BAE Systems: A FTSE 100 Dividend-Raising Star

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In an outcome that's tough on investors, the FTSE 100 (UKX) has failed to deliver a rising dividend payout over the last few years.

Just look at the iShares FTSE 100 ETF , for example. This is an exchange-traded fund that tracks the benchmark index, and we can see the aggregate payment from Britain's top 100 companies has yet to regain its pre-recession peak:

Year

2007

2008

2009

2010

2011

Dividend per share

19.1p

20.2p

17.1p

16.2p

18.1p

But some companies within London's premier index have performed well on dividends, despite these austere times, and this series aims to seek them out. One such name is BAE Systems .


The big question is can the company's dividend continue to outperform its index. Let's take a closer look.

BAE Systems is one of the world's biggest weapons and aviation groups. With the shares at 339 pence, the market cap is £11,019 million. This table summarizes the firm's recent financial record:

Year

2007

2008

2009

2010

2011

Revenue (£m)

14,309

16,671

20,374

20,980

17,770

Net cash from operations (£m)

(1,240)

(1,095)

1,630

962

482

Adjusted earnings per share

30.1p

37.1p

40.7p

42.4p

45.5p

Dividend per share

12.8p

14.5p

16p

17.5p

18.8p

So, the dividend has increased by 47% during the last five years -- equivalent to a 9.6% compound annual growth rate.

After the company's failed attempt to merge with Franco-German player EADS during 2012, it's business as usual at BAE Systems. Thanks to tightening government budgets that means operating in a difficult trading environment in its largest U.S. and U.K. markets. The firm is a global defense, aerospace and security company employing around 93,500 people worldwide. Its products and services include air, land, and naval forces requirements such as advanced electronics, security, information technology, and support services. The company supplies many of the world's fighter planes, radar, attack missiles, warships, and munitions.

Last year, around 32% of revenue came from its Platforms & Services U.K. division; 28% from the U.S. division and 20% from the International division; 13% from the area of Electronic Systems and 7% from Cyber & Intelligence. Dividend growth has been steady but the defense budgets of national governments have been under pressure recently. I think it's unclear whether BAE's dividend will feel such pressures going forward.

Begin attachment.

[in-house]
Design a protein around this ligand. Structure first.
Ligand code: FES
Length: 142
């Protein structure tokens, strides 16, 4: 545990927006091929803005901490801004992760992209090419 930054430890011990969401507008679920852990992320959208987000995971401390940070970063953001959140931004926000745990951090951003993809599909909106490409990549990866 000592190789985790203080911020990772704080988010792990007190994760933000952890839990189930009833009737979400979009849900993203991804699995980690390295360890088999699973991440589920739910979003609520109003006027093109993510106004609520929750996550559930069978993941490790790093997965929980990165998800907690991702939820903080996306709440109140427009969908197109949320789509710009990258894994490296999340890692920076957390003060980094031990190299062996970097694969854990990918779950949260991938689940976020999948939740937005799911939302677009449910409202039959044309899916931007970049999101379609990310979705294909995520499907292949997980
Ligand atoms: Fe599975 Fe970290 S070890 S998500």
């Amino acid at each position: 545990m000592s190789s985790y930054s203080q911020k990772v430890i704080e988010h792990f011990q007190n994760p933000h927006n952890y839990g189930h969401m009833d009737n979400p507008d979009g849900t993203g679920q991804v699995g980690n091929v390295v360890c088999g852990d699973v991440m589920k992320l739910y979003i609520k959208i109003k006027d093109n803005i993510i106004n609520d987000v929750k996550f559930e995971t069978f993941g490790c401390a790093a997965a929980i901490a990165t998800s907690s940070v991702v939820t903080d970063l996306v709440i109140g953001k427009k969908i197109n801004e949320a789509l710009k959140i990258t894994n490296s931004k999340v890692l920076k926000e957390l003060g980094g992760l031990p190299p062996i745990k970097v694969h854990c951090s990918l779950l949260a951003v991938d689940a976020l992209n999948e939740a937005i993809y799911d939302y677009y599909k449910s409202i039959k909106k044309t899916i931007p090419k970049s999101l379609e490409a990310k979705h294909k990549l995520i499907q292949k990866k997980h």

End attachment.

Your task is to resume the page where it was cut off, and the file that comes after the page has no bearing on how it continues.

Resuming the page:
BAE Systems' dividend growth score
I analyze four different features of a company to judge whether its dividend can continue to rise:

  1. Dividend cover: earnings covered last year's dividend around 2.4 times. 4/5
  2. Net cash or debt: at the last count, net gearing was around 33%. 4/5
  3. Cash flow: falls short of earnings and is trending down. 1/5
  4. Outlook and recent trading: satisfactory recent trading; a cautious outlook. 3/5

Overall, I score BAE Systems 12 out of 20, which causes me to believe the firm's dividend may struggle to continue out-pacing dividends from the FTSE 100.

Foolish summary
Positives include modest debt and a dividend well covered earnings. Cash flow seems to struggle to keep up and the outlook statement lacks punch-I'm cautious on BAE Systems' prospects.

Right now, the forecast full-year dividend is 19.96 pence per share, which supports a possible income of around 5.9%. That's pretty fat but will it grow? BAE can stay on my watch list, for now.

BAE Systems is one of several dividend out-performers on the London stock exchange. There's one man who's as keen as I am to find, and invest, in them. I suggest you read all about his best investment ideas now in this free, time-limited report, while you have the chance: "8 Income Plays Held by Britain's Super Investor." This free report analyzes the £20 billion portfolio of legendary high-yield expert Neil Woodford. Click here to discover his favorite dividend opportunities with good growth potential.

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The article BAE Systems: A FTSE 100 Dividend-Raising Star originally appeared on Fool.com.

Kevin Godbold has no positions in the stocks mentioned above. The Motley Fool has no positions in the stocks mentioned above. Try any of our Foolish newsletter services free for 30 days. We Fools may not all hold the same opinions, but we all believe that considering a diverse range of insights makes us better investors. The Motley Fool has a disclosure policy.

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